Decline in the sport of bodybuilding with the closure of its gyms in Daraa

A bodybuilding gym in eastern rural Daraa, July 3, 2024 (Enab Baladi/Halim Muhammad)

A bodybuilding gym in eastern rural Daraa, July 3, 2024 (Enab Baladi/Halim Muhammad)


Daraa – Halim Muhammad

Bodybuilding has declined in the rural areas of Daraa province in southern Syria from the preferred list of sports for the province’s youth in recent years, leading to the closure of gyms due to damages suffered by their owners.

According to trainers in the area, the demand has decreased compared to before 2018 when clubs were densely distributed in the region before the regime took control in July of the same year.

The reasons for this decline are attributed to youth migration, security chaos involving kidnappings, assassinations, and thefts, unemployment, and the weak purchasing power of the residents, according to local trainers.

Reasons for avoidance

Samer (40 years old), who owns a bodybuilding gym in eastern rural Daraa, told Enab Baladi that the weak turnout is linked to the sport being considered luxury and secondary or recreational for the region’s youth.

The demand for bodybuilding declined after prices increased and income decreased, amid widespread unemployment in the province.

Samer noticed a gradual decline in registration at his gym during the years following the regime’s control of the province, noting that registration rates vary between winter and summer seasons, improving slightly in the summer, according to coach Samer.

He added that the region lacks young people after the waves of migration that Daraa province witnessed, as many of his customers migrated outside Syria.

Samer charges monthly fees of up to five dollars per subscriber, and he spends most of his income on operating costs for his gym, including electricity generators.

The price of one liter of diesel is 18,000 Syrian pounds (about 1.2 US dollars).

Samer also incurs additional amounts in periodic maintenance of sports equipment, as he cannot risk any of them breaking down, especially since their price is high, according to him.

Psychological and social motives

Mohammad al-Mefaalani, a resident of Nahteh town in eastern rural Daraa, canceled his gym membership in June 2018, considering that continuing became exhausting for him, especially since there is no gym in his town, so he had to resort to a gym in a nearby village.

He told Enab Baladi that after the security concerns that overshadowed the scene in Daraa following the regime forces’ takeover, he no longer cared to practice the sport he had loved since childhood, according to his expression.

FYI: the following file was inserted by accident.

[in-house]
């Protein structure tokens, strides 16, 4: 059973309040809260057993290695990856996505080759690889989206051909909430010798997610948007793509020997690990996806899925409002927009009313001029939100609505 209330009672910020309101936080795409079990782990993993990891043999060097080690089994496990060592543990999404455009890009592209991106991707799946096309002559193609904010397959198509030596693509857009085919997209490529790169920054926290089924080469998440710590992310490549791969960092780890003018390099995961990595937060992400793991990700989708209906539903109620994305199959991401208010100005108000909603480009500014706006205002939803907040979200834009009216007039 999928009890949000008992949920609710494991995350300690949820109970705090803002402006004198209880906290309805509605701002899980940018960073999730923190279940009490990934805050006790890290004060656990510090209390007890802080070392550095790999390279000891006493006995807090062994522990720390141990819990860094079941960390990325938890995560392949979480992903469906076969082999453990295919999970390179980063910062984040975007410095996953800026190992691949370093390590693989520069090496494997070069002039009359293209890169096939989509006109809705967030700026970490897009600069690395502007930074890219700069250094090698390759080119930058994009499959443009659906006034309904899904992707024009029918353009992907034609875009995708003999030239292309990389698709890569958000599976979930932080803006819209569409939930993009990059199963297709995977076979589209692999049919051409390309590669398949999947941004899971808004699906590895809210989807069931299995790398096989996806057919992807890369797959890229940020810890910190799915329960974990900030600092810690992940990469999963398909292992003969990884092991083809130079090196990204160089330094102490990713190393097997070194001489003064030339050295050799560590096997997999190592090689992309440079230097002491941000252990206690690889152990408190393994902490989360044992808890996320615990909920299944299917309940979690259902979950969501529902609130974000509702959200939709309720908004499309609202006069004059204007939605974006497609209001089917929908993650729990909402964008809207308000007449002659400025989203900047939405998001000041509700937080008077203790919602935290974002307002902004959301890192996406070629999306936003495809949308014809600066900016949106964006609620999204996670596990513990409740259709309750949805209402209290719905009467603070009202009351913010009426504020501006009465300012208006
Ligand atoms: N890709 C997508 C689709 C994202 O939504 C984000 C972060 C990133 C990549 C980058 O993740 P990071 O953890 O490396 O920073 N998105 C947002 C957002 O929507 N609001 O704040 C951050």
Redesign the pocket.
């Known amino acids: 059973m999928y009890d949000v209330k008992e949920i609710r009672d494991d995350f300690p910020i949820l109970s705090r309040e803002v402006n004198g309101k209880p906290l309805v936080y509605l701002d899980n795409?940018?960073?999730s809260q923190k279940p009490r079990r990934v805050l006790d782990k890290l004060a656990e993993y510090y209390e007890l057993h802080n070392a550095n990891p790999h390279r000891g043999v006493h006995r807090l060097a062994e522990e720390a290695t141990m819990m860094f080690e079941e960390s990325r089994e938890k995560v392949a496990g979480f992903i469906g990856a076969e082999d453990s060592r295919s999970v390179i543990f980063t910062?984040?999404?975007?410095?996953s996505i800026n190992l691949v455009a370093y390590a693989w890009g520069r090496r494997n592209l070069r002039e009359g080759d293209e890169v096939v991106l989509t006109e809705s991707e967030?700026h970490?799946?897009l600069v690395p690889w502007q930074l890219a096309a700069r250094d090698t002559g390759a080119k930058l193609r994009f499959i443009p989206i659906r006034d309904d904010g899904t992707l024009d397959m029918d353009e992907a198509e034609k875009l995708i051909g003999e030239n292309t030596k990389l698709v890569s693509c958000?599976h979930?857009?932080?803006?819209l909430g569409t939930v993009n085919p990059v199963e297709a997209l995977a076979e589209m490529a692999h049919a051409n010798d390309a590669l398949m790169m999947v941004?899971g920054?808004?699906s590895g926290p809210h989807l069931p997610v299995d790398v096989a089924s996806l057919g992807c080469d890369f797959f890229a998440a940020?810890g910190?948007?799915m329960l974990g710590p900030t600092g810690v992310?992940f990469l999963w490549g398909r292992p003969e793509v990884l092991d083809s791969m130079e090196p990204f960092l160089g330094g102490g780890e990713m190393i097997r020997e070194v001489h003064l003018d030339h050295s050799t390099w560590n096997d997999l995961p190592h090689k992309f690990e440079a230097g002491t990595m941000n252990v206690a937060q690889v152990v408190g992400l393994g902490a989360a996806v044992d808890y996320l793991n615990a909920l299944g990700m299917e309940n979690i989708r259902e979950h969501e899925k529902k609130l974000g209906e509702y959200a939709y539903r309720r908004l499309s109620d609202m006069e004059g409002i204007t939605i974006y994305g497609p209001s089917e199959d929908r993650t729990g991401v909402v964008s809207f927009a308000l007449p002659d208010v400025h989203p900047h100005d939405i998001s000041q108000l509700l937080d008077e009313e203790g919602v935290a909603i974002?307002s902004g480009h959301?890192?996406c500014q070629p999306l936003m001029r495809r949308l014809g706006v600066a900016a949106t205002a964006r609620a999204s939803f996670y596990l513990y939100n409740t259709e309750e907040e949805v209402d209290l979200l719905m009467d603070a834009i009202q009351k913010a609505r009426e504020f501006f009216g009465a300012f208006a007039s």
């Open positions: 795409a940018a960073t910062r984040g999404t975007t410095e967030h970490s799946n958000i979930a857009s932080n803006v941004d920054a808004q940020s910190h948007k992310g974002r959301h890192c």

He added, “I no longer have a goal, and the desire to build an ideal body has died.”

According to the young man, regularly attending the gym is risky in terms of security, with the possibility of being kidnapped or assassinated during his frequent visits to the gym.

Daraa province is experiencing a state of security chaos involving murders and kidnappings, and human rights offices document dozens of assassination cases monthly in the southern province.

Al-Mefaalani also said that the region has become devoid of the young generation after “large numbers” of them migrated, and this group is the main operator of sports clubs.

Financial cost

The number of gyms in Daraa province has declined. While each city like Dael, Tafas, and al-Harak had no fewer than four gyms before July 2018, the number has decreased to one gym, and there are no gyms available in most small villages and towns.

Omar (25 years old), a resident of Tel Shihab town in western rural Daraa, said that his reluctance to go to any gym is due to the lack of one near his residence.

He told Enab Baladi that he needs one liter of gasoline for a round trip on his motorcycle if he decides to register at a gym in Tafas city.

The price of one liter of gasoline has reached 30,000 Syrian pounds, meaning he needs about 900,000 Syrian pounds monthly if he trains daily, which is ten times the registration fees at the gym.

Omar, a university student, added that there are priorities that push him to avoid practicing sports, which is his work in agriculture as a daily wage laborer with a wage not exceeding 30,000 pounds to cover his educational expenses.

Meanwhile, Omar relied on morning exercises at home, fearing weight gain.

He said that training in the gym is more enjoyable, and there are machines that make the athlete eager to continue performing a sport supervised by a specialist who also sets a scheduled diet program.

About 80% of the Syrian population in 2024 needs some form of humanitarian assistance, according to statistics released on February 12 by the World Food Programme (WFP).

About 55% of Syria’s population suffers from food insecurity, with 3.1 million of them suffering from severe food insecurity.


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